In July, the Russian Animal Liberation Front Support Group posted on the Internet an English-language outline of the group’s activities in Russia since its first activities in 2000.
The Russian ALF apparently started out with pretty low expectations, bragging, for example, that,
The summer of 2002 was marked by the destruction of 70 advert posters . . .
A few years later they had progressed to stealing frogs,
On 21 April 2004 RALF activists managed to get into the laboratory of the institute named after Anokhin, Russian Medical Academy. They freed 119 frogs and their eggs.
Thank goodness they saved the eggs!
The RALF (their acronym, not mine, but quite apropos) then moved up the food chain to rats and rabbits,
On 8 May 2004, 110 rats and 5 rabbits disappeared from the laboratory of Moscow State University Biological Department. These animals were used in experiments against alcoholism and drugs. Rats were fed drugs and alcohol, and rabbits had electrodes inserted in their heads.
Ah, the globalization of animal rights cluelessness in action.
History of the Russian Animal Liberation Front…so far. Russian Animal Liberation Front Support Group, July 2, 2004.
The Animal Protection Institute recently circulated a press release calling for an end to the 74-year-old Caleveras Count Fair and Jumping Frog Jubilee which is scheduled to take place this weekend in Angels Camp, California.
The frog jump competition was started in the 1920s hand attracts hundreds of participants who compete for the $5,000 grand prize. In a sample letter distributed with its press release, API writes that,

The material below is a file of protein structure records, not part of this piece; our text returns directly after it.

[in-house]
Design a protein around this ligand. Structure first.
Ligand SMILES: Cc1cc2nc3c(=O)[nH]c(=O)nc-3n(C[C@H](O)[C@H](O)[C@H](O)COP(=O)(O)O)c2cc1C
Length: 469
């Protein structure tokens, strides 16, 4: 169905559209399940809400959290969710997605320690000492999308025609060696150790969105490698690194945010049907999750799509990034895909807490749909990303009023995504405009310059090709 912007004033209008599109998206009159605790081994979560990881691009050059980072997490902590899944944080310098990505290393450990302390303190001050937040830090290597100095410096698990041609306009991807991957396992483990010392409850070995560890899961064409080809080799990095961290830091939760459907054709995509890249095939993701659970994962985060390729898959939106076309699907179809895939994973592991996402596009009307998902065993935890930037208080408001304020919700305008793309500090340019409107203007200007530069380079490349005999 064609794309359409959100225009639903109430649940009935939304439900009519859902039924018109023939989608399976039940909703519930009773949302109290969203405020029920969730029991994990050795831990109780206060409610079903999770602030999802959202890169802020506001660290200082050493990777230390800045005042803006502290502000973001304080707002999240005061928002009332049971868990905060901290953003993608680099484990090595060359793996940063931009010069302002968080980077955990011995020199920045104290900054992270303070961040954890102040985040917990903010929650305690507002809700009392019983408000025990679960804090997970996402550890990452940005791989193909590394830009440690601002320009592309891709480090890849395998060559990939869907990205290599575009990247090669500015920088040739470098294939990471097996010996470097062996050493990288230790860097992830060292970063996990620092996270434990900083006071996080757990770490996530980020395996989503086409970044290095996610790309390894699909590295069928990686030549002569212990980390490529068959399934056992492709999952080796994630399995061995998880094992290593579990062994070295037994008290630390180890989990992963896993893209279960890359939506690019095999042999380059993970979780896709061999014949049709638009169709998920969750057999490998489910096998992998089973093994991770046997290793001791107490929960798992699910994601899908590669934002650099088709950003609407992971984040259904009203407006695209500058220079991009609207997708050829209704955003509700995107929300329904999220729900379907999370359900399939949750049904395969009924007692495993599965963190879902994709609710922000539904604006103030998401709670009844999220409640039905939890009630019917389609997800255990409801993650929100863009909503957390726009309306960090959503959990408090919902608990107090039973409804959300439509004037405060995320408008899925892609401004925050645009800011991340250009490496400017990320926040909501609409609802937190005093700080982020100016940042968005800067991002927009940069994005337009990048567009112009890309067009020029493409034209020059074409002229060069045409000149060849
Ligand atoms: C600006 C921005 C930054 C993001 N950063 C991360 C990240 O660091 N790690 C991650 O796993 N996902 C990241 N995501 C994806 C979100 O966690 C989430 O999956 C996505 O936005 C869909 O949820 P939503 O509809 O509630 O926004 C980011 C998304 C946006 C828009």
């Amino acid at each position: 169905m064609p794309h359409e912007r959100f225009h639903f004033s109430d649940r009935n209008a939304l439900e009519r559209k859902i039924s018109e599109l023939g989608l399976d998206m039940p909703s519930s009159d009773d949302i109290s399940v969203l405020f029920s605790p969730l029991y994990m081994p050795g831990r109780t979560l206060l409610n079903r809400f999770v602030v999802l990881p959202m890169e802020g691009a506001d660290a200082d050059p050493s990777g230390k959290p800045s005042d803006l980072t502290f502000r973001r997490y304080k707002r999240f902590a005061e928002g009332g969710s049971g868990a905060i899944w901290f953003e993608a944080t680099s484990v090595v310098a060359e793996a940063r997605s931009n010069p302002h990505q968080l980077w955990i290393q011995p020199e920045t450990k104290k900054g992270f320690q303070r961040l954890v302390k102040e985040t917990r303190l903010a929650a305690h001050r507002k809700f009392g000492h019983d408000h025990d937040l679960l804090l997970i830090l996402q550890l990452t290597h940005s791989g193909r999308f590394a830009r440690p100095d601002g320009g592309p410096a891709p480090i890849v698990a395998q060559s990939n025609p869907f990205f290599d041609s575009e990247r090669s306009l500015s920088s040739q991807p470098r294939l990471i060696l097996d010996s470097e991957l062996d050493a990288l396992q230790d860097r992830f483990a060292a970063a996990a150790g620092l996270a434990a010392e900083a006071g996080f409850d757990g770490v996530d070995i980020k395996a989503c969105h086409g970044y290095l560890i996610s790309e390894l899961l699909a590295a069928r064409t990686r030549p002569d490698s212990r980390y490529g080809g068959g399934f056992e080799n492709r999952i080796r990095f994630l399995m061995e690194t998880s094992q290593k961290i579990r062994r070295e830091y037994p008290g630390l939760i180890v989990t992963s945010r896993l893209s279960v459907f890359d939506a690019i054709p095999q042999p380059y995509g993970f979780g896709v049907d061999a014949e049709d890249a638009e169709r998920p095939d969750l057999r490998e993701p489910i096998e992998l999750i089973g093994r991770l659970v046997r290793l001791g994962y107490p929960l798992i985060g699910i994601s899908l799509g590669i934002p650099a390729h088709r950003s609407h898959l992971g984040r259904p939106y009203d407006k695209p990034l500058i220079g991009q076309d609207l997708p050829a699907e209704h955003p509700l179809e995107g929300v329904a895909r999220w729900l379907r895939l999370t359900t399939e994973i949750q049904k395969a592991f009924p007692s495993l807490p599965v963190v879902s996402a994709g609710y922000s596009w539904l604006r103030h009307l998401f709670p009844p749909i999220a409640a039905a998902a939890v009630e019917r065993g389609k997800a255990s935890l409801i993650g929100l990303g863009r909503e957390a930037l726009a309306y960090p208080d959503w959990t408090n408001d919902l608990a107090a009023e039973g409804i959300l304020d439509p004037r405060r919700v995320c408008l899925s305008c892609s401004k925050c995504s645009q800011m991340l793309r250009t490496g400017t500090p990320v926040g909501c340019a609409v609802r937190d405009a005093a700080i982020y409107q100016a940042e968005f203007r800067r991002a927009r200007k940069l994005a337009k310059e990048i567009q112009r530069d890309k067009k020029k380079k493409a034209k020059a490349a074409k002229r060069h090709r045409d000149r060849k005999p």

- Like circuses, cockfighting, and greyhound racing, frog jumping promotes the message that animals exist purely to entertain us.
API also describes the conditions under which the frogs are kept in boxes prior to the event as “certainly cruel and inhumane.”
Help stop cruel “frog-jumping” contests. Animal Protection Institute, Press Release, May 13, 2002.
Researchers at Tokyo University recently reported that they succeeded in growing an artificial eye in tadpoles.
Led by biology professor Makoto Asashima, the researchers said they soaked undifferentiated cells from a frog embryo in a special medium, and then implanted them into a tadpole whose left eye had been removed.
After a week, Asashima reports that the cell was connected to the optic nerve and there was no sign that it had been rejected.
Unfortunately although it garnered a lot of headlines last week, this research has yet to be published or accepted by a peer reviewed journal and as a result it is a bit difficult to figure out exactly what, if anything, these researchers accomplished.
Scientists ‘create artificial eyeball.’ Charles Scanlon, The BBC, January 5, 2002.
Scientists claim to growth artificial eye. Reuters, January 5, 2002.